The circuit above is called a band pass filter, because olnly a band
of frquencies appears at the output. The capacitor stops all low
frequencies and the inductor all high frequencies. The current flow in C
and L is the same. The phase shift in the voltage across the capacitor is
+90 degrees; the phase shift in the voltage across the inductor is -90
graden. The phase shift between both voltages is therefore 180 graden, and
are thus in anti-phase! The output voltage reaches its maximum value if
the voltages across C and L are equal; they simply cancel each other, and
the full input voltage will appear across R. If the voltages are equal,
X_{C} must be equal to X_{L}. The
previous section already showed us that in that case:

We have also found a way to determine the quality factor Q of the inductor. We already
know that Q=X_{L}/r_{L}. And
r_{L} can easily determined, because we have a simple
voltage devider here, since the total impedance of C and L at resonance
frequency is r_{L}. The full procedure is:

Adjust the source frequency to the frequency you want to know the Q of;

Adjust C to maximum output voltage;

Calculate r

_{L}and Q.

Example: we want to determine the Q of an inductor at 159kHz.

Adjust the source frequency to 159kHz;

Adjust C to maximum output voltage. It appears to be 0.83 times the input voltage;

The voltage across r

_{L}is 0.17 times the input voltage. So the ratio r_{L}:R is 0.17:0.83. This means that r_{L}is about 20 ohms. So: Q=1k/20=50.

Please note that we asumed that the internal resistance of the
source is 0 ohms. In reality, that will never be the case. Additionally,
we need very accurate voltage meters and r_{L} is
usually very small causing high current flows. Later in this lesson we
will discover a better method.

But let's first determine the bandwith of our filter.

The bandwith is determined by the frequencies at which the output voltage is 3dB less than its maximum value. The maximum voltage is at -1.6dB, so we need to read the frequencies at which the output voltage is -4.6dB. The lowest frequency is about 150kHz and the highest 169kHz. So the bandwidth is about 169kHz-150kHz=19kHz. Fortunalely, we can also calculate the bandwidth:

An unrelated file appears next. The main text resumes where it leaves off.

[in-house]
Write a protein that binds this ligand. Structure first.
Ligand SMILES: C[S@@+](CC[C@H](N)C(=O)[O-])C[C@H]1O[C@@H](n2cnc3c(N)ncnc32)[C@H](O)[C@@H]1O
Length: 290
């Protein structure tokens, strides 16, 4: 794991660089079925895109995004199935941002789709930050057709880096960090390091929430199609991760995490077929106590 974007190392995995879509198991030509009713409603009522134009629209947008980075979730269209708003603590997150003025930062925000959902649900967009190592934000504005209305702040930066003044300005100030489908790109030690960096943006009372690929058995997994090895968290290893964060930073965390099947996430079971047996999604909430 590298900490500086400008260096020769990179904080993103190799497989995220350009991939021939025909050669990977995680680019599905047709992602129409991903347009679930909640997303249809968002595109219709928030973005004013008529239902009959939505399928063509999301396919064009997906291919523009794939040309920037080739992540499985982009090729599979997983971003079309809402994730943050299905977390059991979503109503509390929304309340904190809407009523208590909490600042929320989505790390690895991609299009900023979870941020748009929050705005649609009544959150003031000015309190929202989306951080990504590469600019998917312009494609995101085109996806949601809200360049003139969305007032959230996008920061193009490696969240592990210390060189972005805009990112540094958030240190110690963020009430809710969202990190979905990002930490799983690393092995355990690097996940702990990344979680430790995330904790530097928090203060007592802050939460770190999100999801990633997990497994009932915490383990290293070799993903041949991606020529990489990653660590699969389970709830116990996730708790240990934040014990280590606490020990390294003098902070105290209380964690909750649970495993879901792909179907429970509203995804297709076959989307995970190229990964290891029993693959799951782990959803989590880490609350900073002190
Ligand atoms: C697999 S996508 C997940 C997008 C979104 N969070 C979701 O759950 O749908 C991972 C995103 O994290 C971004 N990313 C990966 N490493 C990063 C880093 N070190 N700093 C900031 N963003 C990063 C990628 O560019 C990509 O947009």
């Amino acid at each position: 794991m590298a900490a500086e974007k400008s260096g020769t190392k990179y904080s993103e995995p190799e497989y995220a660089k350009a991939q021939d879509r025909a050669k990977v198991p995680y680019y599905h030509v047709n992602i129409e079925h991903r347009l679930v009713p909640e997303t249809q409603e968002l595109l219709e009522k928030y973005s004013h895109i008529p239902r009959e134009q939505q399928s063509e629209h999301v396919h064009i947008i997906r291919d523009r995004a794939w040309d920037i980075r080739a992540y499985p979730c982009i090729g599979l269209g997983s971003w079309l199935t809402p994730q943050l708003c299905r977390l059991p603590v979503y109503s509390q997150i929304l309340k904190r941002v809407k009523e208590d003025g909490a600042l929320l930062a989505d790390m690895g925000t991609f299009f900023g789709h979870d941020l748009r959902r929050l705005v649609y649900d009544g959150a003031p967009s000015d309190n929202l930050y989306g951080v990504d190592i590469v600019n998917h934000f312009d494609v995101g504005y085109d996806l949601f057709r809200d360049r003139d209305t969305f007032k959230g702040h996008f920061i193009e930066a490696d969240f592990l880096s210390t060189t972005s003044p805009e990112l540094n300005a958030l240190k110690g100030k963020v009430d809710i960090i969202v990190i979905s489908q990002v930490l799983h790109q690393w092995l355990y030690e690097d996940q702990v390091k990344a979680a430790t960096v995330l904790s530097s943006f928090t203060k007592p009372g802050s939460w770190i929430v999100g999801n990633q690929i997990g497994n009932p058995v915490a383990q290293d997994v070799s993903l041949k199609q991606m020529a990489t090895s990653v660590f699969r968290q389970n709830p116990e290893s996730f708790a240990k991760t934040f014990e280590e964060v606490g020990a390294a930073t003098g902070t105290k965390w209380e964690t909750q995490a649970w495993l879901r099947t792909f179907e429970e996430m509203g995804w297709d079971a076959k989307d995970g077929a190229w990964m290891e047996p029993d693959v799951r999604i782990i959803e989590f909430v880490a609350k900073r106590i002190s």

**B=f∙(R+r _{L})/X_{L}**

In our case: B=159kHz∙120/1k=19.1kHz.

(R+r_{L})/X_{L} looks very
much like 1/Q. X_{L}/R_{total} is
therefore also called the quality factor of the circuit. So the bandwidth
can also be noted as:

**B=f/Q _{c}**

In our example Q_{c}=1k/120=8.3. So
B=159kHz/8.3=19.1kHz.

When we swap R and C, we get a low pass filter:

At low frequencies, the output voltage is equal to the input voltage
(so V_{out}/V_{in}=0dB). We may
expect it remains this way until the cut-off frequency (159kHz) at which
point it will decay by 40dB per decade. However, we first see the
capacitor voltage increasing to about 18.4dB. At this point, the voltage
is 8.3 times higher than the input voltage! This ratio is eual to
Q_{c}. By making R 0 ohms, the voltage ratio will be
equal to the inductor's Q! This is the second method to determine the Q of
an inductor. We don't need very accurate voltage meters anymore, but the
source's input resistance and the (possible) high currents are still
bothering us.